Taking your time to know what You need, not in selfishness, but in kindness and goodness to yourself, has benefits not only to YOU as a person but to your husband and your sweet now big boy. Are there still sacrifices you will have to make? You bet, however, they can be balanced ..
    So go slow, listen to your heart and spirit. . Neither will steer you wrong and remember what I always told my children, You have value because you breathe, not by what you DO. I learned it later in life as a mom. I am glad you are open to it now, for you, and your two big guys … lots of hugs .. apartment 34.. YOU GOT THIS…

  3. Being a mother turns us into better people I think. We start caring more about our spirit and less about looks alone, we care more about ourselves and the people around us. It seems like these little beings have some magic power over us, haha <3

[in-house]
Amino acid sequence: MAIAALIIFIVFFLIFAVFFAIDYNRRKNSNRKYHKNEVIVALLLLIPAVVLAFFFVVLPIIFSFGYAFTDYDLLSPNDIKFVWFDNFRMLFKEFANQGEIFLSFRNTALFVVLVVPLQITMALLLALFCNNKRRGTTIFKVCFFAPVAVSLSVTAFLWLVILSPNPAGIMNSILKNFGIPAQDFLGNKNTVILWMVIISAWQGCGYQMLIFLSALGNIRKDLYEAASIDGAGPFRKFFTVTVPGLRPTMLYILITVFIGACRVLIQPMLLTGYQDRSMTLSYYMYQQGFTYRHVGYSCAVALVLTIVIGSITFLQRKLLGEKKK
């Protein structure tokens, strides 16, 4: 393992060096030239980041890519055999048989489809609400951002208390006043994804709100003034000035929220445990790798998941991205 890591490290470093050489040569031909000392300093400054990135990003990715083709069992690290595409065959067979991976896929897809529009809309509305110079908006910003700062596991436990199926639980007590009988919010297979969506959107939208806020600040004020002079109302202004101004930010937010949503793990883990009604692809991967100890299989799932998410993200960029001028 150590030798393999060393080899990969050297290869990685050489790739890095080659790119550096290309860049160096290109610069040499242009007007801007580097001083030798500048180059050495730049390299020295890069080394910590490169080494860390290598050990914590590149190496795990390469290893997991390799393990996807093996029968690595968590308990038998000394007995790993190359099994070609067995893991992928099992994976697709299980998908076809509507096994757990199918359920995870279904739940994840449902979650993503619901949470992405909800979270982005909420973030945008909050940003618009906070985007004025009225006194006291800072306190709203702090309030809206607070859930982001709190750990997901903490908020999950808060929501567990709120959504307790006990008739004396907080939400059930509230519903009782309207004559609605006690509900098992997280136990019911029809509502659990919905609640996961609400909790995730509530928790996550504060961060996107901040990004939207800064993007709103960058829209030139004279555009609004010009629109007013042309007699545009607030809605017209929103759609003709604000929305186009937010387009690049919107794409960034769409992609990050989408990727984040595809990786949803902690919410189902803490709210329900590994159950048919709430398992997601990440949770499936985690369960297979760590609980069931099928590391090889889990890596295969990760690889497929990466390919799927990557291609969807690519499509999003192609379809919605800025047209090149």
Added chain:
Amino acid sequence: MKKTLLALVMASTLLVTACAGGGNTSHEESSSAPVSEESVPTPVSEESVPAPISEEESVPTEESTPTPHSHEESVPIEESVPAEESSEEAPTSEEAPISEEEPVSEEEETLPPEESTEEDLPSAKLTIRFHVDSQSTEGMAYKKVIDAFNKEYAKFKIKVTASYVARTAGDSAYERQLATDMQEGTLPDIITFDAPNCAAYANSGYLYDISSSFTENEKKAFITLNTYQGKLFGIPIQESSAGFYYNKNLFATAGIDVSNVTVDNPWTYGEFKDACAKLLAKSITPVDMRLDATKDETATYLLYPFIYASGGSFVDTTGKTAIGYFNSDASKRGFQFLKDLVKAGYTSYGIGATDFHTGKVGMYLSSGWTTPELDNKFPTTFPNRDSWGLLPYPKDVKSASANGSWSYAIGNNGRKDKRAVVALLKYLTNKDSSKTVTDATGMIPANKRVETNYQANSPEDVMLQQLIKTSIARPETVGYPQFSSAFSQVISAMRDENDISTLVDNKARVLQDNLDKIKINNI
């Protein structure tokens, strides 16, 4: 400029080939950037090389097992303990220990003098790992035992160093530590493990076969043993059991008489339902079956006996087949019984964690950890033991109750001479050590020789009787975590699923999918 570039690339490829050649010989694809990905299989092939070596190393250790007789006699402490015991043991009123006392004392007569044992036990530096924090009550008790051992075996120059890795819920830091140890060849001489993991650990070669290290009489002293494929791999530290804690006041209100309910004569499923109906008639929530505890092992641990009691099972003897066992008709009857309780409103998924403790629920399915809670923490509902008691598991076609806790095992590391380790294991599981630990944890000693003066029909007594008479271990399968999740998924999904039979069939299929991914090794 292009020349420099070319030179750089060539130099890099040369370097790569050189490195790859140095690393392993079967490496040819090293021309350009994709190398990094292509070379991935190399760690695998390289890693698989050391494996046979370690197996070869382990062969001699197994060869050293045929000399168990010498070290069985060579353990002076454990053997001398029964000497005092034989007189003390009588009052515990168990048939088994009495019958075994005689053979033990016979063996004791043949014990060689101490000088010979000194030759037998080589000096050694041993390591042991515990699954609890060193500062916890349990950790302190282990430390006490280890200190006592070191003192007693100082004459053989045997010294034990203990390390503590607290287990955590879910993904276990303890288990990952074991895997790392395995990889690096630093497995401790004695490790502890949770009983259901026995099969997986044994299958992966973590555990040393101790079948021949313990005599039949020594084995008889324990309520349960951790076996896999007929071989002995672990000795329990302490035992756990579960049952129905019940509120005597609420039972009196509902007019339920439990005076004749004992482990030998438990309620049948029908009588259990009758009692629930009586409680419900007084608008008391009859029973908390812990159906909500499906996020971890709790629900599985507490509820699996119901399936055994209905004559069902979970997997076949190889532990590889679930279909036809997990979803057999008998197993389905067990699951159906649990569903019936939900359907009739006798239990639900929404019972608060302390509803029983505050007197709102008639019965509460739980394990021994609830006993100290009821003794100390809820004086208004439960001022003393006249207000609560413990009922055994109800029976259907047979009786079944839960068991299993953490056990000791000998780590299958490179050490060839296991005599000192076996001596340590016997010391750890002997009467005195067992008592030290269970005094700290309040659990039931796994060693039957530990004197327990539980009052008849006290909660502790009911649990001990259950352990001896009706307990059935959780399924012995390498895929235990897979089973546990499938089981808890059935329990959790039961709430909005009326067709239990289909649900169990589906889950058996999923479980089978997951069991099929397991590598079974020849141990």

xoxo – Emily
    larimar.com

    1. I agree Emily. It forces you to examine what’s truly important as the luxury to be self indulgent fades. It also makes you examine what type of person you are, who you want to raise your kids to be and therefore who you want to surround yourself with. It takes adulting to a whole new level.

      1. So very true. It’s funny to think I used to be afraid of growing up not so long ago.

        – Emily

  4. You are so right! I’m not a parent, but being at uni and working has taken it’s toll. So I don’t even want to imagine throwing in a little one into the mix. Your spirit really is the most important, and taking time to nurture it will make a world of a difference.

  5. I’m 3 months pp and just started seeing a therapist to deal with some ppd issues… self care is a big topic and, essentially, is my homework. Appreciated reading your take on this.